Special Issue "Social Resistance and Everyday Life: Forms of Civil Society in the Arts"

A special issue of Social Sciences (ISSN 2076-0760).

Deadline for manuscript submissions: 13 October 2023 | Viewed by 769

Special Issue Editor

President of the Scientific Board RC37, Sociology of Arts of the International Sociological Association (ISA), Tenured Professor in General Sociology, Faculty of Education, Free University of Bozen-Bolzano, Brixen, Bozen, Italy
Interests: critical sociology; social theory; art as social criticism; social processes; active citizenship; social and cultural dynamics of coexistence in multicultural contexts

Special Issue Information

Dear Colleagues,

In his work Steps to an Ecology of Mind, Gregory Bateson introduces the question of order and disorder by publishing the dialogue with his daughter Cathy, where she is concerned with "order" and "disorder" in the world. As she says, “Dad, why do people always get other people's things wrong?” He replies, “Well, it's not as easy as it might seem. At first what does "disorder" mean?” (Bateson, 1972).

If we take the opportunity to observe social reality in its making, we cannot fail to realize that the concept of order does not fall within human capacity tout court but is the result of a process of interaction, as well as that of creativity.

However, when an artist manifests universal meaning in a new way, we are enchanted. The ideas of both order and creativity are the result of a dynamic that, ultimately, immensely exceeds the human capacities that generate it. But there are moments in history in which change is possible through an intervention of creativity, a change in perspective on reality and its internal dynamics. Innovation is the result of this creativity. The change as a result of innovation is not given as a mere adaptation to new events, as we can also experience today with immigration or war, but, on an individual level, it is the ability to anticipate the experience by resorting to a re-elaboration of the same individual experience into a wider and more general experience—I would say universal—thus transforming every type of reaction to the new into a real “other”. Creativity is a way of thinking, otherwise called "divergent thinking", but not only that: creativity is an act that gives birth to something that was not there before (Popitz, 2000). In other words, Adorno thought that in contemporary society, creativity or the arts could have been the only way out to the rational society. And today, we can say that it is more than that: it is the capacity that only human beings have of "das Seiende auβerhalb seiner selbst als ein Anderssein, als eigenartiges So-Sein zu erfassen" (Popitz, 2000).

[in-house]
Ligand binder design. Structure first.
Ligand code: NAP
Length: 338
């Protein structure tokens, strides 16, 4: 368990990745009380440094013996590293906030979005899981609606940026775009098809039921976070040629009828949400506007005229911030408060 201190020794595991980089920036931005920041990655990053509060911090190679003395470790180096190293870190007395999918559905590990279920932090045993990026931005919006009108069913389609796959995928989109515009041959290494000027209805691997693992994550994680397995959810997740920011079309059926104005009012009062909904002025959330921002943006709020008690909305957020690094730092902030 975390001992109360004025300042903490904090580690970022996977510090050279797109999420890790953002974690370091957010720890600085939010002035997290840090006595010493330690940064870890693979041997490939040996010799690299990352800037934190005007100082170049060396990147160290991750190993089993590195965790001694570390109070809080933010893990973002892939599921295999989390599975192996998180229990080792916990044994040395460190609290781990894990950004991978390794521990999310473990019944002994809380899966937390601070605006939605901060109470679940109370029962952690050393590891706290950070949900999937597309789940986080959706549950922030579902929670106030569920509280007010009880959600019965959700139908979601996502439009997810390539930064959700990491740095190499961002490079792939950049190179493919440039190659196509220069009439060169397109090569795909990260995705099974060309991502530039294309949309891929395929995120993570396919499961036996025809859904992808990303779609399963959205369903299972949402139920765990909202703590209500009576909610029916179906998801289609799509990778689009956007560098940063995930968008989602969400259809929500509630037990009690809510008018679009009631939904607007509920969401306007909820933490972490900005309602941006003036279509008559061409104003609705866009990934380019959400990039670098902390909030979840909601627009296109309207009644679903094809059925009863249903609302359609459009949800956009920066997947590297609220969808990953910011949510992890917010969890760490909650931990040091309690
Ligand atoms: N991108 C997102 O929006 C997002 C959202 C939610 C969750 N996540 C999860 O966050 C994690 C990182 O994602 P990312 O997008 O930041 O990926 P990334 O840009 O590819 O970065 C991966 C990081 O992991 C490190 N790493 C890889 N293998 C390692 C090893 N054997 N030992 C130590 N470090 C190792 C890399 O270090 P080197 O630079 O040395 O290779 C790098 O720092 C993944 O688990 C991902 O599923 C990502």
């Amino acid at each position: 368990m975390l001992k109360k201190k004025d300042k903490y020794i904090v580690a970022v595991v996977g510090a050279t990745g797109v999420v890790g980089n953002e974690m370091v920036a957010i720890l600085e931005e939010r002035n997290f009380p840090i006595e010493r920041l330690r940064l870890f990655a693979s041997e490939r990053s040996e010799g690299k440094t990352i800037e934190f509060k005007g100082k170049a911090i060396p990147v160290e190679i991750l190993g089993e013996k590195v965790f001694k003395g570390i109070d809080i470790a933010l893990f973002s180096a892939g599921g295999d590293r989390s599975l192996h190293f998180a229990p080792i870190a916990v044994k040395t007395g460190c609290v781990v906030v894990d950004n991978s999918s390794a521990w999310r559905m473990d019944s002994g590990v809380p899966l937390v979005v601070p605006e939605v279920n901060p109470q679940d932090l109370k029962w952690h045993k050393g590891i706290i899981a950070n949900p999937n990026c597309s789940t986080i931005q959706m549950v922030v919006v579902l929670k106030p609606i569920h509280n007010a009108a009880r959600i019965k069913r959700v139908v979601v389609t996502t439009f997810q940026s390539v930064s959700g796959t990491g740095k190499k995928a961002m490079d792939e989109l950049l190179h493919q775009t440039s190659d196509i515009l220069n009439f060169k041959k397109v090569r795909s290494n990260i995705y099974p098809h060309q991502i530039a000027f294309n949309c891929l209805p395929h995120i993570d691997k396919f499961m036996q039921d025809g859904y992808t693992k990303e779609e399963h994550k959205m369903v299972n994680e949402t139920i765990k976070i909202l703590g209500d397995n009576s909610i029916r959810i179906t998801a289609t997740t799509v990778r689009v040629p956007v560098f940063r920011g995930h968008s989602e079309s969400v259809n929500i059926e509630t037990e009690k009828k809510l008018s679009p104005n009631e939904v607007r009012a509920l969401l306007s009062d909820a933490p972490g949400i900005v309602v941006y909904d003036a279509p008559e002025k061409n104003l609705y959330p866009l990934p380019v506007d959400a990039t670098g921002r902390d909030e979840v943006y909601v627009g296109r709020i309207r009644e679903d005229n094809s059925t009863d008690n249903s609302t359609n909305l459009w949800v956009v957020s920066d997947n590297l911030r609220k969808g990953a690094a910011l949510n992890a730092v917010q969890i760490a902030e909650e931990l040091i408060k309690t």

From this point of view, this call invites all reflections of sociology of the arts in terms of the social meaning of artistic work, which is its possible social function both in terms of the reflexivity of social research and in terms of social theoretical perspectives, as well as the analysis of artistic manifestations. Arts as active forms of civil commitment and creativity often operate as more effective social criticism than other intellectual démarche.

 Topics include (but are not limited to):

  • Social theory and the arts;
  • On creativity and its social function;
  • Arts as social resistance;
  • Arts and democracy;
  • Arts and social change;
  • Arts and well being;
  • Arts, society and digitalization;
  • Arts and civil engagement;
  • Arts and memory;
  • Arts and urban strategies;
  • Artistic forms as a way to recapture community and solidarity.

Prof. Dr. Ilaria Riccioni
Guest Editor

Please send abstracts to Ilaria Riccioni () by 16th July 2023.

Feedback about the abstracts is projected to be returned by 6th August 2023.

Complete papers are expected to be submitted to this website by 13th October 2023.

The revision and publication period is aimed to be from October to December 2023.

Manuscript Submission Information